Category: Why Talk?

Why the Porn Talk Isn’t Sufficient

Many parents want to know why they can’t just tell their kids not to look at porn.  “Why isn’t this sufficient?” they ask me.

Unfortunately we no longer live in a society where exposure to highly sexualized content is a choice.  Unhealthy sexual messages are found everywhere, not just in explicit material.  In the locker room, walking down the street, talking or joking with friends, billboards, and every aspect of the media.  If we only focus on teaching avoidance of pornography we are missing most of the picture (no pun intended).  Even if children never come in contact with explicit material (highly unlikely), they are constantly being bombarded with unhealthy sexuality.  This normalizes porn (when they are exposed, they will be less able to recognize that it is unhealthy), as well as normalizing a host of other damaging messages about their bodies, others’ bodies, and relationships.  Parents must consistently push back against these messages with truth about healthy sexuality.  Without these regular discussions of all aspects of healthy sexuality, children will grow up with warped perceptions of sexuality that can be very damaging.  Remember:  Whatever you don’t teach, the world will.

I’m a grandparent.  Do I really need to be worried about all this?

Let me answer your question with a true story.  Recently I spoke with a grandmother.  Her daughter and son-in-law had small children and had installed filters on their computers and phones.  They thought their children were safe.  Grandma and Grandpa didn’t think they needed to be educated or concerned about this topic.  After all, they didn’t have pornography problems and never watched scandalous TV.  Imagine their horror when their daughter confronted them.  Their 3-year-old granddaughter had inadvertently found something on the unfiltered internet at her grandparents’ house.  She had spent months looking for more and more whenever she was there.  Her parents finally figured out what was going on when she began exhibiting symptoms.  This granddaughter ended up needing serious counseling.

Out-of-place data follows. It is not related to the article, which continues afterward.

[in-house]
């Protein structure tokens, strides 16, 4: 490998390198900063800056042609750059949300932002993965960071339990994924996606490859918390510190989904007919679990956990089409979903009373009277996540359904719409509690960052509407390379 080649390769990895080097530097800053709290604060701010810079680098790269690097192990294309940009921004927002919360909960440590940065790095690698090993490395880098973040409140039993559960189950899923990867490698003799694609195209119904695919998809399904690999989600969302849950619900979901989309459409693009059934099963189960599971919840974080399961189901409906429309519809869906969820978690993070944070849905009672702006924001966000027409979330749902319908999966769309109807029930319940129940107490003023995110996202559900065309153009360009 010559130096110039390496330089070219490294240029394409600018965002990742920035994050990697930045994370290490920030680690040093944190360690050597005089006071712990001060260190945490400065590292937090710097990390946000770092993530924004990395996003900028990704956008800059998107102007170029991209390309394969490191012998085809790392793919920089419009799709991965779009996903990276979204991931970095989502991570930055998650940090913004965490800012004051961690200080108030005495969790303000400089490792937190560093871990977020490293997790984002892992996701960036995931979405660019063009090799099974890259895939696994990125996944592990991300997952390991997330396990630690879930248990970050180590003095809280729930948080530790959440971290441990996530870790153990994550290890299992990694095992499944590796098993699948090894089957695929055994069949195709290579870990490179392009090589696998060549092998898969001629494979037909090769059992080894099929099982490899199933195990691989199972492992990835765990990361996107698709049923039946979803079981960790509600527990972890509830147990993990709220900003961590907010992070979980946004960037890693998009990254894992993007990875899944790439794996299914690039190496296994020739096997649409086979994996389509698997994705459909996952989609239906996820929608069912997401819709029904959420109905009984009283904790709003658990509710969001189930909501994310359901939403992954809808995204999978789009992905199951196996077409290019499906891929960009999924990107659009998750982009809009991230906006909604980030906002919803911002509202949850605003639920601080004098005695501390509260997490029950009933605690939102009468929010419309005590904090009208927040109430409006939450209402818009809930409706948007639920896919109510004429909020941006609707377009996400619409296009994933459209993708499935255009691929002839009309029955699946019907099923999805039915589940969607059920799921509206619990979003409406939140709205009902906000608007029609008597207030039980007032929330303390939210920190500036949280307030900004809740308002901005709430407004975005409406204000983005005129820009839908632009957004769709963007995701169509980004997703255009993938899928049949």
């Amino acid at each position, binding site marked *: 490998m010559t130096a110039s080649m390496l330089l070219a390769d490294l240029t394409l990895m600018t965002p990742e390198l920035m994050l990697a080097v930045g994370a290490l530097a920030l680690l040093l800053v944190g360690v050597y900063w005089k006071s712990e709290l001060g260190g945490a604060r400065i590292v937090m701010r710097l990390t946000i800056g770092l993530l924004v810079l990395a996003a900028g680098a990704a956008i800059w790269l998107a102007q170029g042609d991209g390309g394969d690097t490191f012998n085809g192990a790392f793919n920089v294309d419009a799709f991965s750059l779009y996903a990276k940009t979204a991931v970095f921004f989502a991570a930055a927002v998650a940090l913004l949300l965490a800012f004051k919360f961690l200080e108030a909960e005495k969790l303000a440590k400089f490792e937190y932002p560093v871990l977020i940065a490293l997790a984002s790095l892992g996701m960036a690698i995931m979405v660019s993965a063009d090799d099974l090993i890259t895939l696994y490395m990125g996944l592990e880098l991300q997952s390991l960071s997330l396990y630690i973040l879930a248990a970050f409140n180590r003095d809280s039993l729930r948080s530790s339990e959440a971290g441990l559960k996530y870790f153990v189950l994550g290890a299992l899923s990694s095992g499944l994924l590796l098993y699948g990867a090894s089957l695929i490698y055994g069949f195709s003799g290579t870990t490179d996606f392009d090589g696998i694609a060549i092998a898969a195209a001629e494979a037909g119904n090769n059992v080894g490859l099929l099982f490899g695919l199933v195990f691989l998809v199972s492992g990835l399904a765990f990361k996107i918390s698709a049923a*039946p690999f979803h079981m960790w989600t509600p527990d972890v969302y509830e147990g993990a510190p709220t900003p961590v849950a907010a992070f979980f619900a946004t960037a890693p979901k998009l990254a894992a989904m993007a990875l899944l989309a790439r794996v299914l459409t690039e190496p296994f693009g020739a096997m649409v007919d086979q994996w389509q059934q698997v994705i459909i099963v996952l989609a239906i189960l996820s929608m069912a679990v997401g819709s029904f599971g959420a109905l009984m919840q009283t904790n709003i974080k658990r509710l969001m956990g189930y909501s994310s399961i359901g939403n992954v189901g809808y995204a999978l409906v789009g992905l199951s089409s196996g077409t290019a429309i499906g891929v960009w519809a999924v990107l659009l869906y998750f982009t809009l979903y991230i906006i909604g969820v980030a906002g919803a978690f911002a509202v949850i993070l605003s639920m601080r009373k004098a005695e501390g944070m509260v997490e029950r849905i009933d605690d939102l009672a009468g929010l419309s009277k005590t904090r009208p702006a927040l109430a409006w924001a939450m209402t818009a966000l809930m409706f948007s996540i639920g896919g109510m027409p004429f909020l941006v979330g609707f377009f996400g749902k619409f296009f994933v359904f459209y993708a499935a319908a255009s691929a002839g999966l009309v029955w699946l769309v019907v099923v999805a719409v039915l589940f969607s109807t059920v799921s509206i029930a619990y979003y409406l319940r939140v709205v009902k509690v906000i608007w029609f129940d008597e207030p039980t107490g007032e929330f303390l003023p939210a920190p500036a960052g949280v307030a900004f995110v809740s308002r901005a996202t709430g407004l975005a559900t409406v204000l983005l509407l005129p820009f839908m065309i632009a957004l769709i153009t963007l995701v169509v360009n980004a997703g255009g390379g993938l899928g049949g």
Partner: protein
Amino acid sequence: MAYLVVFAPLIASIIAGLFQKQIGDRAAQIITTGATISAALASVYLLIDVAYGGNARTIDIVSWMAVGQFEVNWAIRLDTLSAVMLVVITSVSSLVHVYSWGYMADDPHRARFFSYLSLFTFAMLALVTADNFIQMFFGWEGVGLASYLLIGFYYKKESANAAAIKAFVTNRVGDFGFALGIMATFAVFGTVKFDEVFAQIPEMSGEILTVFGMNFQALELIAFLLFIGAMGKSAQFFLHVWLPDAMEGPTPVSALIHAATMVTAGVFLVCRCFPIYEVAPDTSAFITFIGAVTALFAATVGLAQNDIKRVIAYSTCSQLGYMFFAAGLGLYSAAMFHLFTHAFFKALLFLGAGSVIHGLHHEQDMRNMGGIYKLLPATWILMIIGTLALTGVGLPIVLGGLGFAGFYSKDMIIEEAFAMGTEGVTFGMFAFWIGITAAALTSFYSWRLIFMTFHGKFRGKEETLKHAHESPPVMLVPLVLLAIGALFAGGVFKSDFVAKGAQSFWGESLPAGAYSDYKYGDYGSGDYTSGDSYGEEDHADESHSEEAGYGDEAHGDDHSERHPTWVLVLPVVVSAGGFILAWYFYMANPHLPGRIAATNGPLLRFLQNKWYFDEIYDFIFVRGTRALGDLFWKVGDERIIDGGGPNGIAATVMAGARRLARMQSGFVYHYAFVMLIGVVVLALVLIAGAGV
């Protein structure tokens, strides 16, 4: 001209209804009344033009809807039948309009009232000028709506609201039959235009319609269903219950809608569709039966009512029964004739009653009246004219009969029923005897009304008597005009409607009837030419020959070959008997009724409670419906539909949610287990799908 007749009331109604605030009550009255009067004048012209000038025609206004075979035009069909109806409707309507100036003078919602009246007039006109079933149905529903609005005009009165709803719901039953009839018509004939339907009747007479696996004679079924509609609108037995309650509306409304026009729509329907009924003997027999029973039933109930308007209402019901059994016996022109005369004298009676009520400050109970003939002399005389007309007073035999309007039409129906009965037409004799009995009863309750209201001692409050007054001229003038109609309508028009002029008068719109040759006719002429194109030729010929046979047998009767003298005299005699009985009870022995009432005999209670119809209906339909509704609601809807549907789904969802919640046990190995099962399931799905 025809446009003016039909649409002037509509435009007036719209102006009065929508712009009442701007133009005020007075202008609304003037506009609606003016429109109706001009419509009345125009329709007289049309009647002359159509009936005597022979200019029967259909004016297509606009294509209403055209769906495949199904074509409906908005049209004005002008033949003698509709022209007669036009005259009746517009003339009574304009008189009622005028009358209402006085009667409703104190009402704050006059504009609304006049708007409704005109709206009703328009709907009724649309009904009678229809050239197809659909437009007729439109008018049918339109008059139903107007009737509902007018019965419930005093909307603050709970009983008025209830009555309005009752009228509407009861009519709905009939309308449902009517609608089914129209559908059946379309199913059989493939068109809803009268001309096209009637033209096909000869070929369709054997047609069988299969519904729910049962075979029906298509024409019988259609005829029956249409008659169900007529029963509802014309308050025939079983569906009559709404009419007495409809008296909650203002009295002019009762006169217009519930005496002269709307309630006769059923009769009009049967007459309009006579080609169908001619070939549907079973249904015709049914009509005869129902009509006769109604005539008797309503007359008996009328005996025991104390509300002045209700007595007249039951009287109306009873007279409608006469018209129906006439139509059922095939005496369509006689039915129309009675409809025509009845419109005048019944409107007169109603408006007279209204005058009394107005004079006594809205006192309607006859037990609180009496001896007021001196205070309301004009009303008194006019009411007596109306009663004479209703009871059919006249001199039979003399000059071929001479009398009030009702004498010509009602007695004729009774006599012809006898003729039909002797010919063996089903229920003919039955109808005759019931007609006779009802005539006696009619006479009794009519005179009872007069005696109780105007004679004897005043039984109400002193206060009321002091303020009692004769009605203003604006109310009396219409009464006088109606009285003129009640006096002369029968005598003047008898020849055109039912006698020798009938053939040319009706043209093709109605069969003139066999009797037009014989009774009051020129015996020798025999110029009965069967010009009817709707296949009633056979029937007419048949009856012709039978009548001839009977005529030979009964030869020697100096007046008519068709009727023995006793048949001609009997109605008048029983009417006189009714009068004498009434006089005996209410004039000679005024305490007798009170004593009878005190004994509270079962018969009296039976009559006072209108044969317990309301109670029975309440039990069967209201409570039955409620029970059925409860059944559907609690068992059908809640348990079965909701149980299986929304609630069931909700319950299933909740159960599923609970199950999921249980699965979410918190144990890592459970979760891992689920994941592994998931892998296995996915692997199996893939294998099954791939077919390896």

Please become educated.  You can be a great support to your children in protecting your grandchildren.  It’s not a fun or pretty topic, but you can save a child’s life–your grandchild’s.

Won’t talking to my kids about sex make them more curious and promiscuous?

While you are certainly not the first parent to ask this question, fortunately the resounding answer is “No!”  All the research indicates that the opposite is true.  Not only are children whose parents talk to them about healthy sexuality less likely to be promiscuous, there are a number of other wonderful effects.  Let’s talk about why.  Whether or not children let on, your opinion as a parent is invaluable.  Your values and connection with them is a commodity they crave.  They instinctively look to you for truth and guidance.  And if you can impart those values in a calm and non-judgmental way, they will absorb it.
One analogy I like to use with parents is to tell them to imagine that they live in an inner-city rife with drug dealers.  Imagine you can see them out your window.  Now imagine sending your children out the door every day for school and never talking to them about drugs.  Sending them out the door hoping and praying they never become addicted to drugs.  The scenario is unthinkable.  None of us would ever do that.  Apply this scenario to pornography, which not only lurks outside our homes, but often enters our homes, despite our best efforts, through the TV, internet, and other devices.  It is equally unthinkable a situation to simply hope and pray our children will not be influenced by the unhealthy sexual messages they see around them.

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